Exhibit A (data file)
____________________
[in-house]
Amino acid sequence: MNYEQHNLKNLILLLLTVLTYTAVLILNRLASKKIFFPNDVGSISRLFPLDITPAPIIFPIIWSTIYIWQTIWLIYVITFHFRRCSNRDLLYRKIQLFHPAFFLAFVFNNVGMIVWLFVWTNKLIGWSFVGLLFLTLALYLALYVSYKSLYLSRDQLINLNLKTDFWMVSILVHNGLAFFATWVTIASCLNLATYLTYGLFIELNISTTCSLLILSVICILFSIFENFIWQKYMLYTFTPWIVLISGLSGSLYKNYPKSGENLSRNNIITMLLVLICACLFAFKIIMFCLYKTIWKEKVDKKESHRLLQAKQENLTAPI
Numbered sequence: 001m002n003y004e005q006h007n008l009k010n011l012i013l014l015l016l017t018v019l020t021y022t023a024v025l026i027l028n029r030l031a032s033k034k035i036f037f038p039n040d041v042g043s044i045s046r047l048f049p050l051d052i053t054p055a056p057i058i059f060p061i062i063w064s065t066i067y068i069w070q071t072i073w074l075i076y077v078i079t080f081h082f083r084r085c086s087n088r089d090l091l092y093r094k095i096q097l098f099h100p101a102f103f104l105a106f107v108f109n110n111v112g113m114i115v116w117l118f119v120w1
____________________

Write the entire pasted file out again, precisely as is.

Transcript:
[in-house]
Amino acid sequence: MNYEQHNLKNLILLLLTVLTYTAVLILNRLASKKIFFPNDVGSISRLFPLDITPAPIIFPIIWSTIYIWQTIWLIYVITFHFRRCSNRDLLYRKIQLFHPAFFLAFVFNNVGMIVWLFVWTNKLIGWSFVGLLFLTLALYLALYVSYKSLYLSRDQLINLNLKTDFWMVSILVHNGLAFFATWVTIASCLNLATYLTYGLFIELNISTTCSLLILSVICILFSIFENFIWQKYMLYTFTPWIVLISGLSGSLYKNYPKSGENLSRNNIITMLLVLICACLFAFKIIMFCLYKTIWKEKVDKKESHRLLQAKQENLTAPI
Numbered sequence: 001m002n003y004e005q006h007n008l009k010n011l012i013l014l015l016l017t018v019l020t021y022t023a024v025l026i027l028n029r030l031a032s033k034k035i036f037f038p039n040d041v042g043s044i045s046r047l048f049p050l051d052i053t054p055a056p057i058i059f060p061i062i063w064s065t066i067y068i069w070q071t072i073w074l075i076y077v078i079t080f081h082f083r084r085c086s087n088r089d090l091l092y093r094k095i096q097l098f099h100p101a102f103f104l105a106f107v108f109n110n111v112g113m114i115v116w117l118f119v120w1